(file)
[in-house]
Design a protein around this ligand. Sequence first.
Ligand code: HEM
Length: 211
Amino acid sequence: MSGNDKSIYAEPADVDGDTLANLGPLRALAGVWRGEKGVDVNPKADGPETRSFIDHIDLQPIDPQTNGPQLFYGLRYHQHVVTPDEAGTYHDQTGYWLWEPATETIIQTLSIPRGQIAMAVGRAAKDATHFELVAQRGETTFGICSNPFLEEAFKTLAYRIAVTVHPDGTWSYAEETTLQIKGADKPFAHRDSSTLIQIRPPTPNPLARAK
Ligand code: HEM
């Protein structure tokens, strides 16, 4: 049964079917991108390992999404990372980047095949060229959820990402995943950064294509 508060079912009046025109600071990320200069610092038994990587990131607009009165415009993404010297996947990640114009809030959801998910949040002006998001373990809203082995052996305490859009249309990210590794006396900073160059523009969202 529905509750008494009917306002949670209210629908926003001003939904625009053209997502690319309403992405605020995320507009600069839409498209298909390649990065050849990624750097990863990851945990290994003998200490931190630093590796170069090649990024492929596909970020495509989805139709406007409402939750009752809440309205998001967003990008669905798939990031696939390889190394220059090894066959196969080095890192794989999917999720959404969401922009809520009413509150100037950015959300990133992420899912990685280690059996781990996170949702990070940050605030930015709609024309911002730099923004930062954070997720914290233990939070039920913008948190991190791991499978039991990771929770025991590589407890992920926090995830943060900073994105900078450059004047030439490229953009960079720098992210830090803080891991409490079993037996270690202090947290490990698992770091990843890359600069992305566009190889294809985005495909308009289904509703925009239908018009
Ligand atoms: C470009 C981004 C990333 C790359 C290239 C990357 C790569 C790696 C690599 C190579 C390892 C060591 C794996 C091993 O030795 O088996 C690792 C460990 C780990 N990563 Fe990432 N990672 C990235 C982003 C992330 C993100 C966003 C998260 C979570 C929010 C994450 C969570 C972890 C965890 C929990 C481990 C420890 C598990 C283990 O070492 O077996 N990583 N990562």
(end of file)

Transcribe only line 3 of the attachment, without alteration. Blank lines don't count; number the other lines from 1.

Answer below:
Ligand code: HEM